Bishops face sack for mishandling abuse under papal plans

Pope Francis has approved measures to sack bishops who mishandle child sexual abuse cases, a papal decree says. Bishops who are "negligent" in dealing with priests committing abuse will be removed under the new legal procedures. The decree comes in response to long-running demands by abuse victims and their supporters to hold bishops accountable if they fail to protect their flocks from pedophiles. Existing laws relating to abuse cases would be tightened, the Pope said.

Cuba will never rejoin OAS over Venezuela row, says Castro

Cuban President Raul Castro says the country will not return to the Organization of American States (OAS) in a show of solidarity with Venezuela. OAS Secretary General Luis Almargo has called for sanctions against Venezuela. At a summit of Caribbean countries in Havana, Castro called the OAS "an instrument of imperialist domination". Cuba was expelled from the OAS in 1962 but following a recent thaw in relations with the US it was suggested that the island might return.

Venezuela president accuses national assembly of usurping presidential duties

Venezuelan President Nicolas Maduro on Friday filed a complaint in the Supreme Tribunal of Justice (STJ) accusing National Assembly opposition leaders of partaking in international relations contrary to constitutional law. Assembly leaders previously reached out to the Organization of American States (OAS) to help resolve current political and economic issues. Maduro stated that the National Assembly usurped his exclusive presidential duties by engaging in foreign affairs.

Alcohol industry braces for Scottish ruling

The global alcohol industry is bracing for a potentially precedent-setting court decision in Scotland this summer on whether the government can set a floor on alcohol prices.

Egypt appeals court acquits 33 convicted protesters

A Cairo appeals court on Saturday acquitted 33 protesters previously sentenced to two years in prison. The protesters were among 300 others who were arrested in April for holding a large-scale public demonstration against the surrendering of the Red Sea Island to Saudi Arabia.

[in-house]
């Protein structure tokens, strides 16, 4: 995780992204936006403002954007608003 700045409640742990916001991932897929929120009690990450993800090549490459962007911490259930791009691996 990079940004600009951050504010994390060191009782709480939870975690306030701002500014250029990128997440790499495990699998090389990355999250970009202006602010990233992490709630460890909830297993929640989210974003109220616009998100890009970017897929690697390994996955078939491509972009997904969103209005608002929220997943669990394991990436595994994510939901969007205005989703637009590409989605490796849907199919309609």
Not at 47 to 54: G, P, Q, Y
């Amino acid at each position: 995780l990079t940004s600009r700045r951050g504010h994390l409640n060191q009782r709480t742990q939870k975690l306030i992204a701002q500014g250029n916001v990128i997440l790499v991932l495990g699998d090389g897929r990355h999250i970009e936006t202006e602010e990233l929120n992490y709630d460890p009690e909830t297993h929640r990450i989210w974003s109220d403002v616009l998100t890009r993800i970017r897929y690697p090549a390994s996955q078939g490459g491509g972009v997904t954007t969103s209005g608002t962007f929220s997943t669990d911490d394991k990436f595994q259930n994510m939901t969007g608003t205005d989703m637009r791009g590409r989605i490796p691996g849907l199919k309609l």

Walmart to test food delivery with Uber and Lyft

Walmart customers in the US could soon have their groceries delivered by Uber and Lyft drivers under a pilot to be announced by the US retail giant. Walmart already offers an online grocery delivery service in 13 markets. Under the new partnership, Walmart customers can place a delivery online and a Walmart employee will then request a driver from Uber or Lyft. (Click here)

Amnesty: EU cannot return refugees to Turkey under new agreement

The EU must stop returning refugees to Turkey, Amnesty International (AI) said Friday in a briefing. The briefing details the defects in Turkey's care of refugees, stating that the hardships faced by refugees cause such a return to be illegal under the EU-Turkey Agreement of March 18. While open to refugees, AI claims that Turkey's resources have become drained under the weight of approximately 2.75 million Syrian refugees and 400,000 asylum-seekers and refugees from other countries who have entered the country. Issues involving such as child labor, durable solutions, and subsistence have arisen due to the number of people seeking safety.

Brazil said to delay Petrobras, other asset sales until 2017